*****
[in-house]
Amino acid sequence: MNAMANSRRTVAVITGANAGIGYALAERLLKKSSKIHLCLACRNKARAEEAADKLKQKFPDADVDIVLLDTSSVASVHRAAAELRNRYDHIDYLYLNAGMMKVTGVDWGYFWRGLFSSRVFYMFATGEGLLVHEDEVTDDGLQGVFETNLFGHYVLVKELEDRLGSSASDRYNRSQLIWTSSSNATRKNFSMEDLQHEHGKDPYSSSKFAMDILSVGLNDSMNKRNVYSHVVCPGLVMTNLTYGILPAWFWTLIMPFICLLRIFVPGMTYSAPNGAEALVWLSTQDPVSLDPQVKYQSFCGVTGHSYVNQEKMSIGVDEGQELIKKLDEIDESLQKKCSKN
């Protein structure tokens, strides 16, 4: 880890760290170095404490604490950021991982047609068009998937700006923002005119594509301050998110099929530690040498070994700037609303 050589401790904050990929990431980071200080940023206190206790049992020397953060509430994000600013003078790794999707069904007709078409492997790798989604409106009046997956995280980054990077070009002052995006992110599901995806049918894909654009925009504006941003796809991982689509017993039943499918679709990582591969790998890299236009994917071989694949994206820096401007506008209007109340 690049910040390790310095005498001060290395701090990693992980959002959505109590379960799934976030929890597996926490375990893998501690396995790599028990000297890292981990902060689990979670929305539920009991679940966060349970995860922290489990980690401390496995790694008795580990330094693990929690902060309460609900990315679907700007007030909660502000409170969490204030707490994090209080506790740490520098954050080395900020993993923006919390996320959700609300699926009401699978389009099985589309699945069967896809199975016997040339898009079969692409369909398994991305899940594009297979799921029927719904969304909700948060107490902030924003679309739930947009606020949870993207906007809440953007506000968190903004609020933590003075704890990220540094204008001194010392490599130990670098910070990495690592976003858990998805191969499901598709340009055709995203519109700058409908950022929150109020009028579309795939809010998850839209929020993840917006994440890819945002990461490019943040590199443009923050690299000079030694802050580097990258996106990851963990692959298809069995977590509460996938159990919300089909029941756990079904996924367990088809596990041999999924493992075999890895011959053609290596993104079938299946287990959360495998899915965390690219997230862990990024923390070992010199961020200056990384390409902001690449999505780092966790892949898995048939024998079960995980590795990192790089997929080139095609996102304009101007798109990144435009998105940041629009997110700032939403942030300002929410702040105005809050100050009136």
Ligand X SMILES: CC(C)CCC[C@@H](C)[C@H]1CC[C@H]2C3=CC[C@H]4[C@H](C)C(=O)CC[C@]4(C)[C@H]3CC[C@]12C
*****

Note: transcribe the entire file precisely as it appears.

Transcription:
[in-house]
Amino acid sequence: MNAMANSRRTVAVITGANAGIGYALAERLLKKSSKIHLCLACRNKARAEEAADKLKQKFPDADVDIVLLDTSSVASVHRAAAELRNRYDHIDYLYLNAGMMKVTGVDWGYFWRGLFSSRVFYMFATGEGLLVHEDEVTDDGLQGVFETNLFGHYVLVKELEDRLGSSASDRYNRSQLIWTSSSNATRKNFSMEDLQHEHGKDPYSSSKFAMDILSVGLNDSMNKRNVYSHVVCPGLVMTNLTYGILPAWFWTLIMPFICLLRIFVPGMTYSAPNGAEALVWLSTQDPVSLDPQVKYQSFCGVTGHSYVNQEKMSIGVDEGQELIKKLDEIDESLQKKCSKN
């Protein structure tokens, strides 16, 4: 880890760290170095404490604490950021991982047609068009998937700006923002005119594509301050998110099929530690040498070994700037609303 050589401790904050990929990431980071200080940023206190206790049992020397953060509430994000600013003078790794999707069904007709078409492997790798989604409106009046997956995280980054990077070009002052995006992110599901995806049918894909654009925009504006941003796809991982689509017993039943499918679709990582591969790998890299236009994917071989694949994206820096401007506008209007109340 690049910040390790310095005498001060290395701090990693992980959002959505109590379960799934976030929890597996926490375990893998501690396995790599028990000297890292981990902060689990979670929305539920009991679940966060349970995860922290489990980690401390496995790694008795580990330094693990929690902060309460609900990315679907700007007030909660502000409170969490204030707490994090209080506790740490520098954050080395900020993993923006919390996320959700609300699926009401699978389009099985589309699945069967896809199975016997040339898009079969692409369909398994991305899940594009297979799921029927719904969304909700948060107490902030924003679309739930947009606020949870993207906007809440953007506000968190903004609020933590003075704890990220540094204008001194010392490599130990670098910070990495690592976003858990998805191969499901598709340009055709995203519109700058409908950022929150109020009028579309795939809010998850839209929020993840917006994440890819945002990461490019943040590199443009923050690299000079030694802050580097990258996106990851963990692959298809069995977590509460996938159990919300089909029941756990079904996924367990088809596990041999999924493992075999890895011959053609290596993104079938299946287990959360495998899915965390690219997230862990990024923390070992010199961020200056990384390409902001690449999505780092966790892949898995048939024998079960995980590795990192790089997929080139095609996102304009101007798109990144435009998105940041629009997110700032939403942030300002929410702040105005809050100050009136």
Ligand X SMILES: CC(C)CCC[C@@H](C)[C@H]1CC[C@H]2C3=CC[C@H]4[C@H](C)C(=O)CC[C@]4(C)[C@H]3CC[C@]12C